Discipleship 101

When Maren Jorgensen gave her life to Christ during her senior year in high school in Davenport, Iowa, she was excited about growing in faith and being part of the community of believers. But her Young Life leader moved away, and she went off to college still needing a strong theological foundation, as well as the fellowship of other Christians.

Tom Pruden was a student at Augusta College in Augusta, Ga. — a believer walking with the Lord and volunteering as a student Young Life leader. But the year before, Pruden had been diagnosed with an incurable arthritic disease that affected his ankles. A former athlete, he found himself in pain and needing crutches to walk. “I found myself asking, ‘God, what are you doing?’” he said.

A critical time

Many Christian leaders believe the first few years after high school are a critical period for Christian students, when they face serious stresses or challenges to their faith, needing a solid theology, spiritual mentoring and the support of other believers.

Following the recommendations of Young Life staff, Jorgensen and Pruden entered Discipleship Focus: Partnering with Young Life in Discipleship, a summer work/study program that offers Christian college students summer jobs at Herschend Family Entertainment (HFE) theme parks, along with housing, leadership and a 10-week Bible study and discipleship program. The students live together in cabins, work together, have Bible studies, small group fellowship, leadership and mentoring and evening activities, all coordinated by committed leadership staff.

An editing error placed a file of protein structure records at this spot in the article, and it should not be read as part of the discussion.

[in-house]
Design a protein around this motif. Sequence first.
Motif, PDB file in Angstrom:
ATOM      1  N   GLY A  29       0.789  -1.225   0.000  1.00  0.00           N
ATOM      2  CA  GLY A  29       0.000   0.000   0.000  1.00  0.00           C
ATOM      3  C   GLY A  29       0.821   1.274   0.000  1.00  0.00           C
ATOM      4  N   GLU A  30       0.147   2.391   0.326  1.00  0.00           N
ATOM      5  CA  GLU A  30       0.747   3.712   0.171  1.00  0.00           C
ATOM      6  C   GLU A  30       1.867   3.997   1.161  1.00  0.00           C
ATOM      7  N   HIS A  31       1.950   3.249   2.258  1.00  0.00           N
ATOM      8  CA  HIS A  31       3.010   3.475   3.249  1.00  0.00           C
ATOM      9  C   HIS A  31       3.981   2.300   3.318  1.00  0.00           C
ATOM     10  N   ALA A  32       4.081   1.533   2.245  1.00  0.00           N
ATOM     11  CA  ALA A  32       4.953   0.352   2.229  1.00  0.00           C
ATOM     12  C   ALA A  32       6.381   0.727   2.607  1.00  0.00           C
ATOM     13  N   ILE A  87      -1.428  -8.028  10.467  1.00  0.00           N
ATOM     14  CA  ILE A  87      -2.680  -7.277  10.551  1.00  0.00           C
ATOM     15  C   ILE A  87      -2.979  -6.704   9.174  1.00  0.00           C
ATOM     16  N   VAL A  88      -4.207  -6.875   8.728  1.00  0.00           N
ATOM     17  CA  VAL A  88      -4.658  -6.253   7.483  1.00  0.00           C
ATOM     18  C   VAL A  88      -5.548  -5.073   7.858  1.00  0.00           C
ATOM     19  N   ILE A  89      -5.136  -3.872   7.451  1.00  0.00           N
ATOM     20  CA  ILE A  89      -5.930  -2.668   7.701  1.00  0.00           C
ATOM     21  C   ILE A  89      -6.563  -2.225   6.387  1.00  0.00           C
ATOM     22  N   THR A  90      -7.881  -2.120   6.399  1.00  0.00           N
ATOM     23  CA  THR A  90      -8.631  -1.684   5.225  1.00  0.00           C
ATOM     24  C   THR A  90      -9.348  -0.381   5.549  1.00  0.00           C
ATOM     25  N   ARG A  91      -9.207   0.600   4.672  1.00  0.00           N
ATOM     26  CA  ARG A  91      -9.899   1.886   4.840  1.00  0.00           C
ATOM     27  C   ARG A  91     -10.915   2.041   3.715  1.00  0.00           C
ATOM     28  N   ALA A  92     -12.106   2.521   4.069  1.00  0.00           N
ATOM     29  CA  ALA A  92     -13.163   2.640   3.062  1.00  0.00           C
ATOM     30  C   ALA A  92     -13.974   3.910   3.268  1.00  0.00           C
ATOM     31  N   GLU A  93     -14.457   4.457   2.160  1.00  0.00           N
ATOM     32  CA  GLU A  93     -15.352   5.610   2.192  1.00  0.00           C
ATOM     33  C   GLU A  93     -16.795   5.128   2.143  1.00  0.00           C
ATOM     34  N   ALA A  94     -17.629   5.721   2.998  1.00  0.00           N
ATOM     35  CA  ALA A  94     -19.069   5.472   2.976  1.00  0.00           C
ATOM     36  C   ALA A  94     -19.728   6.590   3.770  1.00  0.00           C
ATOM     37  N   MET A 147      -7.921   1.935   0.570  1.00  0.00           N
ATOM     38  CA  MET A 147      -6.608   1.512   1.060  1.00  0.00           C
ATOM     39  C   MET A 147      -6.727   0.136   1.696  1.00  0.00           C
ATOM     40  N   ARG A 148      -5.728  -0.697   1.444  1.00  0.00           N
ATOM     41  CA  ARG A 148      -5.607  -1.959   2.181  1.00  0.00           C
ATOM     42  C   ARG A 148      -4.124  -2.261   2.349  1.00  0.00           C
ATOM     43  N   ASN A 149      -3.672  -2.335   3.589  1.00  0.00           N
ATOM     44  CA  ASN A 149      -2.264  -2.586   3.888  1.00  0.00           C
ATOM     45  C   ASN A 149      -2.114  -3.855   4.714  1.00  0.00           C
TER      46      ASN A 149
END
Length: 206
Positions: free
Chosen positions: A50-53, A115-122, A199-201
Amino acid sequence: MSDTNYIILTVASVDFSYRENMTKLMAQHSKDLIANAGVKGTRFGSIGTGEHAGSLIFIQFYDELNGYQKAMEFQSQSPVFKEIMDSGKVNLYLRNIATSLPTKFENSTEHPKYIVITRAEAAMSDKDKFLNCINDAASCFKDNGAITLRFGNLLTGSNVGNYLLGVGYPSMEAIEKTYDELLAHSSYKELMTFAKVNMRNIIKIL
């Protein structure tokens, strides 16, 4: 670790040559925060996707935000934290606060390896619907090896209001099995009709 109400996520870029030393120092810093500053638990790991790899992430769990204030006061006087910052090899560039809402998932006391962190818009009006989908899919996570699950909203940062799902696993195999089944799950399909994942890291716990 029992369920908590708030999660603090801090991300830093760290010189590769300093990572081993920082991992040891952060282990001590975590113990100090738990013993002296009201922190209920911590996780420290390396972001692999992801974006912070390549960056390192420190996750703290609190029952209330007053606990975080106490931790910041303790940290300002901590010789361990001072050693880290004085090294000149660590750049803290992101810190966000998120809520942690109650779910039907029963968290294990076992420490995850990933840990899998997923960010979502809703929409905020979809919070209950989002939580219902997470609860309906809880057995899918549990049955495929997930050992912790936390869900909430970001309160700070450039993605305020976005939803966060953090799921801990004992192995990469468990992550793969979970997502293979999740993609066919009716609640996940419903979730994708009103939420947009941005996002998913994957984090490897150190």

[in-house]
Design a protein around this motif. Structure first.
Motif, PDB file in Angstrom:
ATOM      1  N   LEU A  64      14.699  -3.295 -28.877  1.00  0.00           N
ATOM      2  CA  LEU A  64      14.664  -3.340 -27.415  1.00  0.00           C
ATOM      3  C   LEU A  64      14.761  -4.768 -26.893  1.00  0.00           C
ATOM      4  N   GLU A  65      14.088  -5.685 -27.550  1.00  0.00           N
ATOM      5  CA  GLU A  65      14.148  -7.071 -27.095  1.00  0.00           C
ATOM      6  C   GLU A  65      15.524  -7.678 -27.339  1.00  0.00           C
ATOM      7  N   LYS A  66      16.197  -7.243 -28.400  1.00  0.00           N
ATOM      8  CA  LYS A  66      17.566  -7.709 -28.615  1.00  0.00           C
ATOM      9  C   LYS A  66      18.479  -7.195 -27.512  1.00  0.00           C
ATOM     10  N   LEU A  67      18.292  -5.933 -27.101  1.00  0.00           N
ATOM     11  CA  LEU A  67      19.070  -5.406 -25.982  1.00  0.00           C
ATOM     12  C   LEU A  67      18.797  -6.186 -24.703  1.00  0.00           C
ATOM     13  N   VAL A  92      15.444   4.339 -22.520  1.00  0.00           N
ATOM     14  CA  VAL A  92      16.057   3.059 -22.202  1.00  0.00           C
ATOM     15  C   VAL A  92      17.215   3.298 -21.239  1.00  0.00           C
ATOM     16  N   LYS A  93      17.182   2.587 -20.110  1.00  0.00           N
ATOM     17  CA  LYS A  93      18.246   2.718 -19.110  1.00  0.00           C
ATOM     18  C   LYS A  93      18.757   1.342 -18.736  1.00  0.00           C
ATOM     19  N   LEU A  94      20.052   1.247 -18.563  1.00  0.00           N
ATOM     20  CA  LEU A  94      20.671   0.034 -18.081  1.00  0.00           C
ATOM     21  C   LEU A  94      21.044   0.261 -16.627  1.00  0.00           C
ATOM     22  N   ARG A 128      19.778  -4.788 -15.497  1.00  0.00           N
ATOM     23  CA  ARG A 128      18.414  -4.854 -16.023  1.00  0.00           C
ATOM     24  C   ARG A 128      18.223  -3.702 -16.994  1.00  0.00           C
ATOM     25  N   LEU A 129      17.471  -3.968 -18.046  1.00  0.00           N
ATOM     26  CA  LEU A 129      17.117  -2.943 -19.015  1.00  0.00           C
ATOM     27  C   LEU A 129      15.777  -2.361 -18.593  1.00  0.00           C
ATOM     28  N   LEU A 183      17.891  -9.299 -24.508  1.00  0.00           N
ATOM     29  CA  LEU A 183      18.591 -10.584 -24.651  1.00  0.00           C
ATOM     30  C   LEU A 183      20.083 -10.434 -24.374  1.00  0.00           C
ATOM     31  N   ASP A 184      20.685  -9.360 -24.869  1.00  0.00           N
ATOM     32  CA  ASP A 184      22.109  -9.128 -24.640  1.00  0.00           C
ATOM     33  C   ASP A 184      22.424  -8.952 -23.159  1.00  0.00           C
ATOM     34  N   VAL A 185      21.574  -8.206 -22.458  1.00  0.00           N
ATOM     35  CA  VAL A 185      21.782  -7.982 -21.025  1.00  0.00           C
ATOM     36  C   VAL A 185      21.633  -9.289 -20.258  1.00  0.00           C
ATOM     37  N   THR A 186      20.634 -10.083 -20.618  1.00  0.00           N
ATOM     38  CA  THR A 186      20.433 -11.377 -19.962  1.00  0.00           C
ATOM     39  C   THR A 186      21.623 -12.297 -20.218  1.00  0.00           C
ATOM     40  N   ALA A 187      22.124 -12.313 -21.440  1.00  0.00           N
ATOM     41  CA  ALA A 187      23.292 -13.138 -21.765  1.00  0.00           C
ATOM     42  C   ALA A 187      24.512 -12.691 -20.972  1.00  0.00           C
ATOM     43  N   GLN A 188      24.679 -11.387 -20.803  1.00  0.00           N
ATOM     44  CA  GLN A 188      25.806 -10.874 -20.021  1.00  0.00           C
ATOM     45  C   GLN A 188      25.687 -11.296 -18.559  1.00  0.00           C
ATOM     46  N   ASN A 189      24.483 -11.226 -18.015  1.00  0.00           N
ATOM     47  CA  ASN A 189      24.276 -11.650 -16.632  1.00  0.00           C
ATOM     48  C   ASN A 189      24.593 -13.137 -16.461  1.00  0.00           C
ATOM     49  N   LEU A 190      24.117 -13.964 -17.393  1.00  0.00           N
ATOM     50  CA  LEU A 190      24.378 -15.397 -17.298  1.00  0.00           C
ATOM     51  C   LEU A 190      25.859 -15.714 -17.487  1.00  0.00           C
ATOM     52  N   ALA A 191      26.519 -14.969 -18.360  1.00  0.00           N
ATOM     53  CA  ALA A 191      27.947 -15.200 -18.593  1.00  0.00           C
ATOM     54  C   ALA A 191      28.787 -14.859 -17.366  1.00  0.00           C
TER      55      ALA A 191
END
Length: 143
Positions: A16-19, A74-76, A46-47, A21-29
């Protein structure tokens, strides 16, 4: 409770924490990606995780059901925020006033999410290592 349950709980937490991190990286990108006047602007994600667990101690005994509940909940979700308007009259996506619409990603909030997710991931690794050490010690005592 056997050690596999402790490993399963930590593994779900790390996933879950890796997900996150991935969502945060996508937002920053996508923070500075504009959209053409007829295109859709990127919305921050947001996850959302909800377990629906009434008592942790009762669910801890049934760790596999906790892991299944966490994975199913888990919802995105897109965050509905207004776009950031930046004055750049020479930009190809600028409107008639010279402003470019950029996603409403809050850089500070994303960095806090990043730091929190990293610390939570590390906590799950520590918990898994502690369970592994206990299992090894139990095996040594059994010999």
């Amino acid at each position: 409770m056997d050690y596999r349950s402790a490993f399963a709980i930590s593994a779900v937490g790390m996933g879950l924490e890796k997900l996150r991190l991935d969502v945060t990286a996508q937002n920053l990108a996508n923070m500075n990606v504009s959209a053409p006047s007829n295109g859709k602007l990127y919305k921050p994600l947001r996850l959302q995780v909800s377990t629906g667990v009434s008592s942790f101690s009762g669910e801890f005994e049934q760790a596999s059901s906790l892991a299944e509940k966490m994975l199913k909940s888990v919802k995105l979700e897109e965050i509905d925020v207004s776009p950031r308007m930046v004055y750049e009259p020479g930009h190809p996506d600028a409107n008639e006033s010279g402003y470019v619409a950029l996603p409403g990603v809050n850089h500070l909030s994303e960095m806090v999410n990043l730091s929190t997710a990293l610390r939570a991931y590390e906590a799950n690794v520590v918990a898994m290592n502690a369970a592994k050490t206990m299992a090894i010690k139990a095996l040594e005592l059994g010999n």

The real strength of the program is the discipling, said program founder and director Will Wyatt. “Evangelism is primarily proclamation; discipleship involves more modeling, and we’re the most privileged people in Young Life to have 10 weeks to dialogue and fellowship with the students,” he said.

Foundation for faith

Pruden entered the program in the summer of 1988 at HFE’s Silver Dollar City theme park in Branson, Mo. “That summer really laid the foundation for my faith, and I experienced a deepening of God’s faithfulness,” he said. Previously, he had been irritated with those who quoted Romans 8:28 to him about his illness. That summer, in the study of Romans led by Wyatt, he also found Romans 8:29a, which says, “For those God foreknew he also predestined to be conformed to the likeness of his Son.”

“God was allowing this to happen so that He could make me more like Christ, so that I could trust Him in ways like putting one foot in front of the other,” Pruden said.

On Young Life staff now for 17 years and currently serving as regional director of Missouri, Pruden said his Discipleship Focus experience affirmed his call to Young Life staff. His disease went into remission not long afterward.